Tara Miller

Tara Miller, an account executive at Himmelrich PR in Meadow Mill, was able to leave her job at a museum in Washington, D.C., for one in Baltimore when the economy began improving. She started her new job the end of April. (Baltimore Sun photo by Kim Hairston / May 18, 2011)

A year ago, Washington marketing associate Tara Miller felt lucky just to have a job in her field.

So while she wanted to work in Baltimore — where she could be closer to her boyfriend — Miller stayed put at her job in D.C.

But by March of this year, she was feeling antsy.

"I was poking around and ended up seeing some openings," including an account executive position at Himmelrich PR in Baltimore, Miller said.

"I threw in my resume and ended up getting it," she said. "Now I can say I have a job I always wanted."

As hiring begins to pick up, workers who held onto low-paying, unfulfilling or bad jobs through the recession are starting to test the job market, workplace experts say.

"It's no secret there's a lot of pent-up frustration in the workplace and that many … employees have been floating their resume," said Ron Sims, head of the talent management practice in the Mid-Atlantic region for Right Management, a division of ManpowerGroup.

As the number of openings increases — the job-search website CareerBuilder.com said postings in May had jumped 10 percent over the previous year — surveys show that employers are increasingly worried about losing top talent.

One-third of employers are concerned that top performers will look for new jobs as the economy improves, CareerBuilder reported in its second-quarter forecast. Fourteen percent said top employees had left in the first quarter.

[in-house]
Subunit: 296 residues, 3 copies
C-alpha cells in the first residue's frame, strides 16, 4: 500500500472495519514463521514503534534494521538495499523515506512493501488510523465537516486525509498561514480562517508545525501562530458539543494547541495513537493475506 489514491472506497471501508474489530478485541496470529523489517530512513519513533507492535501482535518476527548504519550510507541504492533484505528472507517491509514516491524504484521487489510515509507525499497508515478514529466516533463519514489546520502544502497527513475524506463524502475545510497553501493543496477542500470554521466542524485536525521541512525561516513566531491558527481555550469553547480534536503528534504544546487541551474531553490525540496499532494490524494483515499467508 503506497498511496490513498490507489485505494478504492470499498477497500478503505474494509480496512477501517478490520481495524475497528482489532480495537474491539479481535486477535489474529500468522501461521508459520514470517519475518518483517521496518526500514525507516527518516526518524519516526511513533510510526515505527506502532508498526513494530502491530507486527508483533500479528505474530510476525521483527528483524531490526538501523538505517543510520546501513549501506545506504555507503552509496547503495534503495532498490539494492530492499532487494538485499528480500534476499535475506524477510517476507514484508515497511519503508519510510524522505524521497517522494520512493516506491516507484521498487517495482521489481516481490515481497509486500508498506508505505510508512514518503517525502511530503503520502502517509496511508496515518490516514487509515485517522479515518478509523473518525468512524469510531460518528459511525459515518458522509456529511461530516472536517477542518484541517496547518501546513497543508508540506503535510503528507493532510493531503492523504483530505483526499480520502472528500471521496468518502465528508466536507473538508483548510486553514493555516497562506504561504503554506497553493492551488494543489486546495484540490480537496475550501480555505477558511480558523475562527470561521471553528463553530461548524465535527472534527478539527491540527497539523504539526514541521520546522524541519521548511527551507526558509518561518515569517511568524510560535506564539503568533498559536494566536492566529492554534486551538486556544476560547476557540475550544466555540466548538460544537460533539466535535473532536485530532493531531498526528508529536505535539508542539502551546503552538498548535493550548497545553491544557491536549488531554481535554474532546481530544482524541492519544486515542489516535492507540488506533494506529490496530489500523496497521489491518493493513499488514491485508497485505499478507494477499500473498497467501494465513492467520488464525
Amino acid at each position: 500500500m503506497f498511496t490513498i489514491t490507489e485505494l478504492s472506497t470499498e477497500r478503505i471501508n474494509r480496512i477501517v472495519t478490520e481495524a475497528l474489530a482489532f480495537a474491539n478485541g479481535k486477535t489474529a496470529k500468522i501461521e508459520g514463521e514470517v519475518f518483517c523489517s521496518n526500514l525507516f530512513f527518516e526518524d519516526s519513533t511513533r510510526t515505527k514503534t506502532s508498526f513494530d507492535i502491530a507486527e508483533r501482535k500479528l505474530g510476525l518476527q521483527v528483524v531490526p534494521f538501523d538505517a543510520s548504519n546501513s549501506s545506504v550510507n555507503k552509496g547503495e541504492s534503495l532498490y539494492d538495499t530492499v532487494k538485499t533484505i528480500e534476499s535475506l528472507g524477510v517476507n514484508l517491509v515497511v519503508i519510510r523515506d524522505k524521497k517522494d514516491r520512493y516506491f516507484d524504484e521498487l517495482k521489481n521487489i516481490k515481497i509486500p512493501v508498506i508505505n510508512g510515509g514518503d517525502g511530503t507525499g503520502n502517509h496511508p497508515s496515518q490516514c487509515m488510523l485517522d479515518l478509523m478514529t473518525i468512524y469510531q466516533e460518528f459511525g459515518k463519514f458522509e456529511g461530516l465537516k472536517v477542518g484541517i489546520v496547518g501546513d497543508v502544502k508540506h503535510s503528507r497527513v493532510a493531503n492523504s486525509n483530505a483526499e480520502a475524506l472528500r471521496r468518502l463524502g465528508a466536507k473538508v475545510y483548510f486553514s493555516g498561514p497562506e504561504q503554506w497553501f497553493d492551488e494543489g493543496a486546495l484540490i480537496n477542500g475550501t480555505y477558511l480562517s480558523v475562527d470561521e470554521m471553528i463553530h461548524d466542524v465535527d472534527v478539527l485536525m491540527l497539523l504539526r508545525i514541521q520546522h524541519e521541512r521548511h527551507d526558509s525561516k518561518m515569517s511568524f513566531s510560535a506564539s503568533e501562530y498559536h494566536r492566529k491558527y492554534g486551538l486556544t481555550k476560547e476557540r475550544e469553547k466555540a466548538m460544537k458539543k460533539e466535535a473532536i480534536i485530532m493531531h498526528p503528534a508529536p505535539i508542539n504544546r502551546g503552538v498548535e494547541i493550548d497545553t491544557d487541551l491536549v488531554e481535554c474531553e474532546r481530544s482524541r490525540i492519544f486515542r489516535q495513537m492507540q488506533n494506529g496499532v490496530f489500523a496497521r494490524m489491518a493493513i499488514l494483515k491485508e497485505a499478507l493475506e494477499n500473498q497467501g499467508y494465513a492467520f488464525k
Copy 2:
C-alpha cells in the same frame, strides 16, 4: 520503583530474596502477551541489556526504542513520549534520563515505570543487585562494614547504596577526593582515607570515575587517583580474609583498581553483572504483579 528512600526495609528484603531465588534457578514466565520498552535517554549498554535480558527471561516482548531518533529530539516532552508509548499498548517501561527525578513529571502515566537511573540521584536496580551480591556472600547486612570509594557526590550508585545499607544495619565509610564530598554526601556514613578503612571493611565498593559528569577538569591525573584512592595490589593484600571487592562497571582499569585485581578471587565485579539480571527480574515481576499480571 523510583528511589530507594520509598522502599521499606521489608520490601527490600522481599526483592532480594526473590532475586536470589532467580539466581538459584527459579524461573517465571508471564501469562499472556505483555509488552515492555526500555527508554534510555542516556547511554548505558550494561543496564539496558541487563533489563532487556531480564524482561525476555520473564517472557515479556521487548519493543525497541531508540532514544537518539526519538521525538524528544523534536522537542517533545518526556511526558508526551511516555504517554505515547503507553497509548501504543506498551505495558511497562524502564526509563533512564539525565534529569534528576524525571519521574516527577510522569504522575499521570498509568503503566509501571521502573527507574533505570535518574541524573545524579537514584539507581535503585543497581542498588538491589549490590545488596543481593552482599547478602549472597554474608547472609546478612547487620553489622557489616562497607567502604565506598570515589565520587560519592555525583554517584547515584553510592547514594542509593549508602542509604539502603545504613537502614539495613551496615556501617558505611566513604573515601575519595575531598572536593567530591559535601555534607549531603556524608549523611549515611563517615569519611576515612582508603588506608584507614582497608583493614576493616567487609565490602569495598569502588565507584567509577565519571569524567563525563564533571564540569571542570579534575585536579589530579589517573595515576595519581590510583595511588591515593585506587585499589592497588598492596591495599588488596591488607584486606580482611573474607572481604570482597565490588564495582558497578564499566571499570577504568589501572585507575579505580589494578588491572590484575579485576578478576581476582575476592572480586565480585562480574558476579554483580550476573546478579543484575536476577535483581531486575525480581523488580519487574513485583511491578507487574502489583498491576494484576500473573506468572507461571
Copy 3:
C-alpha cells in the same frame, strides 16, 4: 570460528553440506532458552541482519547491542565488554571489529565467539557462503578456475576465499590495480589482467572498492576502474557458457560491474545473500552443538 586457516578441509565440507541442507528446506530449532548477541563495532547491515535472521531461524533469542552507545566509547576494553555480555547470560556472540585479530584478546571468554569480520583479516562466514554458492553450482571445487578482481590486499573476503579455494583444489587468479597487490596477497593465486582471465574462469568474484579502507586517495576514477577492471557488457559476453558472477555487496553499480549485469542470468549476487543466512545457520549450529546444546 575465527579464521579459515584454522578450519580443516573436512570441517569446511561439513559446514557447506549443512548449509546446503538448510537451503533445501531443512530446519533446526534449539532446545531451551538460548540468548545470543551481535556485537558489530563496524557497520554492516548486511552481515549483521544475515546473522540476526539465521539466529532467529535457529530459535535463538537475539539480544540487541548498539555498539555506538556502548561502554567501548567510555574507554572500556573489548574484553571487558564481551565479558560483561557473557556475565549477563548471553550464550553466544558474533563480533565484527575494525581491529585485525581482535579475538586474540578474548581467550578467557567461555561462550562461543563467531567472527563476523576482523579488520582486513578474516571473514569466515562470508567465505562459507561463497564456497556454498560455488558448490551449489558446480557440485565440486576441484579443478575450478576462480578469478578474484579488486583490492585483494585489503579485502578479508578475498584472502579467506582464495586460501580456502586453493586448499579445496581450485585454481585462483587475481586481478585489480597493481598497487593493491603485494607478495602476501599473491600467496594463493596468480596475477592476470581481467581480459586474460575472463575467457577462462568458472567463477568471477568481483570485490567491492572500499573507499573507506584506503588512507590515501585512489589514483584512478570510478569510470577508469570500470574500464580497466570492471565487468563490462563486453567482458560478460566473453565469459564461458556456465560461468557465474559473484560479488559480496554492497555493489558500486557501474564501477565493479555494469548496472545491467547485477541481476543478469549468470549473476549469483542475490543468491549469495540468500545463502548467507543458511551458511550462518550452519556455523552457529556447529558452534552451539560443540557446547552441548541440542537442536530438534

Nearly a third of workers, meanwhile, are planning to look for a new job, CareerBuilder reports.

"We do know from past recessions and post-recessions that as more jobs become more plentiful, there's more movement, and as there is more movement there is more turnover for each individual organization," said Beth N. Carvin, chief executive of Nobscot Corp., which works with employers to retain workers.

Carvin says up to 60 percent of currently employed workers could be waiting for a new opportunity elsewhere.

Although the rate of voluntary turnover hasn't returned to prerecession levels, Carvin said, "the creeping-up effect is what really makes you look."

"Even when you're talking about a 2 percent difference, that's a lot of people … who are leaving that weren't leaving before. Turnover is one of those unspoken numbers. There's no spot for it on your balance sheet, but millions of dollars get spent on this."

That's not to say that happy days are here again for workers.

While corporations have posted double-digit increases in profits for several quarters, they have been slow to hire new workers. The U.S. unemployment rate remains high at 9 percent.

Maryland has lost more than 6,000 jobs over the past six months, government figures show. Defense contractor Northrop Grumman Corp. and Superfresh's parent company recently announced layoffs or buyouts of hundreds of workers.

At the same time, the U.S. Department of Labor has reported an uptick in job turnover. The annual rate increased to 18 percent in February, up from 15.6 percent in February 2010.

Katherine Carter knows the frustration of a dead-end job. The 30-year-old Owings Mills woman worked for four years at a nonprofit in Washington. After the first year, it became clear that budget constraints would keep most of the staff from getting raises or promotions.